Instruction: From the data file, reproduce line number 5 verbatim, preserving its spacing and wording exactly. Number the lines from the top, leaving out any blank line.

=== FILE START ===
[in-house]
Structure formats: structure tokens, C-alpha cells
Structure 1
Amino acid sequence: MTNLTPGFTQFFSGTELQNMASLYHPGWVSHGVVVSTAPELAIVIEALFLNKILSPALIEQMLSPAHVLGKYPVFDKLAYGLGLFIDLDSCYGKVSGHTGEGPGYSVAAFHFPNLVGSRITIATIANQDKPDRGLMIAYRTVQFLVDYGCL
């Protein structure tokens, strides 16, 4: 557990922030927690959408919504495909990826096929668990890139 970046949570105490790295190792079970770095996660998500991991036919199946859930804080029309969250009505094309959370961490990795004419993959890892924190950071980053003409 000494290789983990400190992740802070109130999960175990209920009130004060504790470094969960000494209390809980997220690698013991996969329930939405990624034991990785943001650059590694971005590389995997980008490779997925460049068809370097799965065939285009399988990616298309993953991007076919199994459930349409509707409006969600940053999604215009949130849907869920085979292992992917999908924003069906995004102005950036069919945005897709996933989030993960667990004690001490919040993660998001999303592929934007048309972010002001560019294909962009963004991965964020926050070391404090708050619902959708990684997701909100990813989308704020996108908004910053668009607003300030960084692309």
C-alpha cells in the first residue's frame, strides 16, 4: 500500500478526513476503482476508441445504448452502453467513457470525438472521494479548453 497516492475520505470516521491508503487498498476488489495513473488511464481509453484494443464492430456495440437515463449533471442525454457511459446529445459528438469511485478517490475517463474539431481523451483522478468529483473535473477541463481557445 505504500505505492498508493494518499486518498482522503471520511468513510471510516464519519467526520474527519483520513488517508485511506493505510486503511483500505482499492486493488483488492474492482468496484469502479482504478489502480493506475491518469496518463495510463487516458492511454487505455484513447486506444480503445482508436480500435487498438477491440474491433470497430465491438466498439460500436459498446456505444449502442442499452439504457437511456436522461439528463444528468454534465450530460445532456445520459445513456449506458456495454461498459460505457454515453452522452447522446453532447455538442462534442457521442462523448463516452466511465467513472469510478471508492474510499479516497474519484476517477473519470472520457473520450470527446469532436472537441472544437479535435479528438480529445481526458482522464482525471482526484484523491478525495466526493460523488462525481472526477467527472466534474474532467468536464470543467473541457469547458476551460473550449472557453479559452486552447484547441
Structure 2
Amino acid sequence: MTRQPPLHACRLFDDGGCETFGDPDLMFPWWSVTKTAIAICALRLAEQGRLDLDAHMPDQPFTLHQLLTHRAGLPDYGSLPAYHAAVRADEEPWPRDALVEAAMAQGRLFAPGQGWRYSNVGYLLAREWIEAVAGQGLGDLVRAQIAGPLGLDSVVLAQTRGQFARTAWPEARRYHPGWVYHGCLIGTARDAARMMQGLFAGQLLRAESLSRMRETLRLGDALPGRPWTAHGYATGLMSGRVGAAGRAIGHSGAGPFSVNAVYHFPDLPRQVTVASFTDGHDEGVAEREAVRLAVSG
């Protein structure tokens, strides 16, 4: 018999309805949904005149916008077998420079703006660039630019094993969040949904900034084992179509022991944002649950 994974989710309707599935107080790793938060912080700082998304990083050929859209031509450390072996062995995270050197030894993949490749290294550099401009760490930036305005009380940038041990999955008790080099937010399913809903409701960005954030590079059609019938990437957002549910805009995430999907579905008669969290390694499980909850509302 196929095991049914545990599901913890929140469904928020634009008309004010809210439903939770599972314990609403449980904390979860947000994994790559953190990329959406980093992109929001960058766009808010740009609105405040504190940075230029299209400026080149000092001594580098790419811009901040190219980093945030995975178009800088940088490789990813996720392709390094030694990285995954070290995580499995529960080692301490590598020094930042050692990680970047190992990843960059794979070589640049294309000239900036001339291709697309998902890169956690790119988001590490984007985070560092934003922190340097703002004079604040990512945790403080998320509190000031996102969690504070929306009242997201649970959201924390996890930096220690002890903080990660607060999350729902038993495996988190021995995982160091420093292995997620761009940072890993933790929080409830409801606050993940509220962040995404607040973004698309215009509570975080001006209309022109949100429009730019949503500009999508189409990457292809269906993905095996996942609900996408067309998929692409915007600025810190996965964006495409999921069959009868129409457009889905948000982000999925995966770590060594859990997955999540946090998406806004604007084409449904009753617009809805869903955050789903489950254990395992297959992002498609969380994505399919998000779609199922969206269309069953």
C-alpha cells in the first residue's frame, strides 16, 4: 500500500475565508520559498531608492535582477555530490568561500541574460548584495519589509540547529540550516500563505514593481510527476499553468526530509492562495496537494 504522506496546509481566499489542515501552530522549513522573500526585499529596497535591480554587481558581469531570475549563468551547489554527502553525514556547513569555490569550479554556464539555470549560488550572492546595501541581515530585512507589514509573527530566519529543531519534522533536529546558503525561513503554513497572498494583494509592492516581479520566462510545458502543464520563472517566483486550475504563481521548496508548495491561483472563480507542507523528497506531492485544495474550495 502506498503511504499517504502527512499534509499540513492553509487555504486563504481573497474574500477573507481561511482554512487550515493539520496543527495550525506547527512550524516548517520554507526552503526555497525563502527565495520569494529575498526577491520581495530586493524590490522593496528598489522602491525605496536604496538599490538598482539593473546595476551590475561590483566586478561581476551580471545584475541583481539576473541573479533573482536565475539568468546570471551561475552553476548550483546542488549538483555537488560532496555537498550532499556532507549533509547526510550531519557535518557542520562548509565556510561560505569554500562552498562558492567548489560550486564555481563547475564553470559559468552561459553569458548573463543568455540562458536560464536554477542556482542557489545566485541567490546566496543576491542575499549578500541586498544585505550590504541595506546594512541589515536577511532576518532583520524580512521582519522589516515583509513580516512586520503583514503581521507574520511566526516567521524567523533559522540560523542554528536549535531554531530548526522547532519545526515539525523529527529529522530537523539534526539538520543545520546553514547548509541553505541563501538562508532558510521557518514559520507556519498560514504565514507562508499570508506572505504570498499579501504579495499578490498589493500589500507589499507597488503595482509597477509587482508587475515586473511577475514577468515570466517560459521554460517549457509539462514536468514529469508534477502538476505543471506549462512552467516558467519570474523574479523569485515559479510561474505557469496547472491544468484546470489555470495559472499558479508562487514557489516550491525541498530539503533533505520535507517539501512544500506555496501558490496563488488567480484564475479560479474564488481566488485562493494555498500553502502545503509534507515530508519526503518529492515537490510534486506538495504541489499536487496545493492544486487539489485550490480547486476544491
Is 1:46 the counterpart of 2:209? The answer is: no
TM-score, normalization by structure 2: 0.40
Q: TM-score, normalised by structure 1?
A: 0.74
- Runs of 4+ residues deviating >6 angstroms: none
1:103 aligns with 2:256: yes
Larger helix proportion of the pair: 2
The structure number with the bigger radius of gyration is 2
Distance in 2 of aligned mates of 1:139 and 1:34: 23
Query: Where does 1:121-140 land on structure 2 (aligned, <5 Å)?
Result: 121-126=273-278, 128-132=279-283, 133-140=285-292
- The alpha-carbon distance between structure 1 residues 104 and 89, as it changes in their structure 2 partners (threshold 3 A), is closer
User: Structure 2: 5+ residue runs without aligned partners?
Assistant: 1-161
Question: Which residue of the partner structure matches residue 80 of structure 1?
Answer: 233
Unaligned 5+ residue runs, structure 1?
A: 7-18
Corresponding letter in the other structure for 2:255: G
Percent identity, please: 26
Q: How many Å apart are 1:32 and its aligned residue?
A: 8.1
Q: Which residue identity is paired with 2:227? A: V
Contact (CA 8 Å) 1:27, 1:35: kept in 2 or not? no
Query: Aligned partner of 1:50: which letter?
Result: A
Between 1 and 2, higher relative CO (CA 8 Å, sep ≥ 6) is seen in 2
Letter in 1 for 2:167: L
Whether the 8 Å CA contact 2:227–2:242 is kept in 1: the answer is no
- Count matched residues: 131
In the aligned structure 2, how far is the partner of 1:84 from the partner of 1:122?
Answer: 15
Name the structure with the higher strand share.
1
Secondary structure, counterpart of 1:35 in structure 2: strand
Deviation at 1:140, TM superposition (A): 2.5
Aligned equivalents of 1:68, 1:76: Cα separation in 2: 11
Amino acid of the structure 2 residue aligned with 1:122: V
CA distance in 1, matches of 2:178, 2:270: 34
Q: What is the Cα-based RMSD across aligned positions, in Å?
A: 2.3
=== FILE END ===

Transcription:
């Protein structure tokens, strides 16, 4: 557990922030927690959408919504495909990826096929668990890139 970046949570105490790295190792079970770095996660998500991991036919199946859930804080029309969250009505094309959370961490990795004419993959890892924190950071980053003409 000494290789983990400190992740802070109130999960175990209920009130004060504790470094969960000494209390809980997220690698013991996969329930939405990624034991990785943001650059590694971005590389995997980008490779997925460049068809370097799965065939285009399988990616298309993953991007076919199994459930349409509707409006969600940053999604215009949130849907869920085979292992992917999908924003069906995004102005950036069919945005897709996933989030993960667990004690001490919040993660998001999303592929934007048309972010002001560019294909962009963004991965964020926050070391404090708050619902959708990684997701909100990813989308704020996108908004910053668009607003300030960084692309």